The US Army Corps of Engineers (USACE) is charged with missions to provide engineering services to protect more than 12 million acres of public lands, more than 900 ports and harbors, nearly 14,000 miles of levees and 12,000 miles of commercial inland waterways, and 400 miles of coastal shoreline. In addition, USACE provides roughly 3% of the nation's electrical power from hydroelectric plants at its dams, and has a key, first-responder role in times of national emergencies.
Nearly all of these missions are at some risk from potential effects of future climate and other global changes.
Over the last several years, USACE has been surveying the vulnerability and resilience of its installed infrastructure and of the water and land resources it manages for the Nation to characterize their potential for climate change adaptation measures. The goal of this work is to produce the practical, nationally consistent, and cost-effective measures that will reduce vulnerabilities and enhance resilience for sustaining our ability to meet our mission requirements and objectives under the conditions of future global change. In addition, climate change adaptation measures will be designed, engineered, and implemented while USACE also addresses the additional requirements of increased energy sustainability and reduced greenhouse gas emissions. USACE coordinates and integrates its climate change adaptation work through its Adaptation Steering Committee, having senior leader representation from USACE mission areas and its Major Subordinate Commands, and chaired by the USACE Chief of Engineering and Construction.
The approach USACE is taking is to work in close cooperation with other Federal agencies, both directly and through the multi-agency adaptation efforts coordinated by two US White House offices, the Council on Environmental Quality (CEQ) and the Office of Science and Technology Policy (OSTP). This approach of active cooperation with stakeholders and other Federal agencies having responsibilities for managing water- and land-resources helps ensure that the adaptation policies and guidance USACE produces can be based on the best science and engineering knowledge that can be used to support action on climate change adaptation and mitigation. This approach also gives USACE the capacity for phased implementation, continuing monitoring for surprise, and quick adjustment as knowledge or physical facts on the ground change in the future.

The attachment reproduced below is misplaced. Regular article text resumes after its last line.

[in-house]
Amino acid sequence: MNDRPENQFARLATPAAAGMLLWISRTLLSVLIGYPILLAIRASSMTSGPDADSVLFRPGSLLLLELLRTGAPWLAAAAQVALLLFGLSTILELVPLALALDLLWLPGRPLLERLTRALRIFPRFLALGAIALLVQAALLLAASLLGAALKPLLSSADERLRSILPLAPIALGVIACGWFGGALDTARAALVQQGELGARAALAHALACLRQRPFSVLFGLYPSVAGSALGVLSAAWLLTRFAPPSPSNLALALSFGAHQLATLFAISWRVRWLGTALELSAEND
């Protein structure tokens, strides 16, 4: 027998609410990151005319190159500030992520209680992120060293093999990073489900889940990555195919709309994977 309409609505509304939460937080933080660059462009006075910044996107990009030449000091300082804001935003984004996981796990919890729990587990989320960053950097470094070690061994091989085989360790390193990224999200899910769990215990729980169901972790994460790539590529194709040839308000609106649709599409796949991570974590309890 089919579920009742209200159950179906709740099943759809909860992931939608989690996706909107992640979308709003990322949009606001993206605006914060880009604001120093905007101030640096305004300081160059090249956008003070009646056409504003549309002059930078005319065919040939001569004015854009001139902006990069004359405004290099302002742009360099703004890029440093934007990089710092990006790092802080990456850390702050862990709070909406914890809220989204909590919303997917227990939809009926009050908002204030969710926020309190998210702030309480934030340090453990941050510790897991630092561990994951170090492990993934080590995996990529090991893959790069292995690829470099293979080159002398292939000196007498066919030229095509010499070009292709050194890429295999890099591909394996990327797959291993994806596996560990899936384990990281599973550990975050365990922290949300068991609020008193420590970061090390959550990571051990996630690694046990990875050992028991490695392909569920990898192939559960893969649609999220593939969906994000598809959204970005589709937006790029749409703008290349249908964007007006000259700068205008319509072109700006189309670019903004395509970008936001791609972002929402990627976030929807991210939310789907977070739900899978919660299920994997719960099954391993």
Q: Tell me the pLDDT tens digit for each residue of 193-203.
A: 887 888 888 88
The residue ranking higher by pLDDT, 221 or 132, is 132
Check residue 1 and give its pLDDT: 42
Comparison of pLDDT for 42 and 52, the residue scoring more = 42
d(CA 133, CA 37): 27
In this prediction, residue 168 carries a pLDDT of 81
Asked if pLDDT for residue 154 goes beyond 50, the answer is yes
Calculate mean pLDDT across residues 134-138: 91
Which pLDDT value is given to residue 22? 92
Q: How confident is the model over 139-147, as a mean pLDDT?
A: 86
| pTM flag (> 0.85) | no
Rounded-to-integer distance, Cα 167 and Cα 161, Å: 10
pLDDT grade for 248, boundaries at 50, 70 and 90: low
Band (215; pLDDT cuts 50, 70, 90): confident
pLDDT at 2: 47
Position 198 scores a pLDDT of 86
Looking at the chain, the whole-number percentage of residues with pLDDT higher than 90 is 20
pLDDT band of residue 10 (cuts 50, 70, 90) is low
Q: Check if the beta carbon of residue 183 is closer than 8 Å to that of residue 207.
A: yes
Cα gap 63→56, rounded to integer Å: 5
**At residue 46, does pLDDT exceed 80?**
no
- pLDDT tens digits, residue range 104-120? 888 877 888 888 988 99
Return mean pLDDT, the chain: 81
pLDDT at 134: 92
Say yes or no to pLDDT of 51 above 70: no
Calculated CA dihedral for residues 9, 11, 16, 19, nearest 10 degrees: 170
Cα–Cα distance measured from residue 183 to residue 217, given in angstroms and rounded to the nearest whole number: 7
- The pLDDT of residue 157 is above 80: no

This talk highlights several of USACE's climate change adaptation efforts, including, among others:
Development of new guidance, produced together with other US Federal agencies including USGS and NOAA, to institute a nationwide, consistent vertical datum and comprehensive evaluations of all relevant USACE project elevations to ensure that heights of projects (levees, dams, jetties, etc.) are known accurately and precisely against current sea levels and for tracking sea level changes.
Development of Engineering Circular 1165–2–211 (2009) on sea-level change, and the current development of a new Civil Works Technical Letter based on that Circular for guidance to USACE operations on questions of responses to sea-level change at vulnerable projects.
A series of adaptation pilot studies at USACE projects for examining issues and testing methods and techniques for analysis of present and future climate change and possible adaptation strategies and engineering responses; these studies range from coastal and environmental projects to in-land hydrology and reservoir sedimentation questions.
Findings from some recent multi-agency reports which USACE co-led, "Climate Change and Water Resources Management: A Federal Perspective" (USGS Circular 1331, produced in 2009), and " Addressing Climate Change in Long-term Water Resou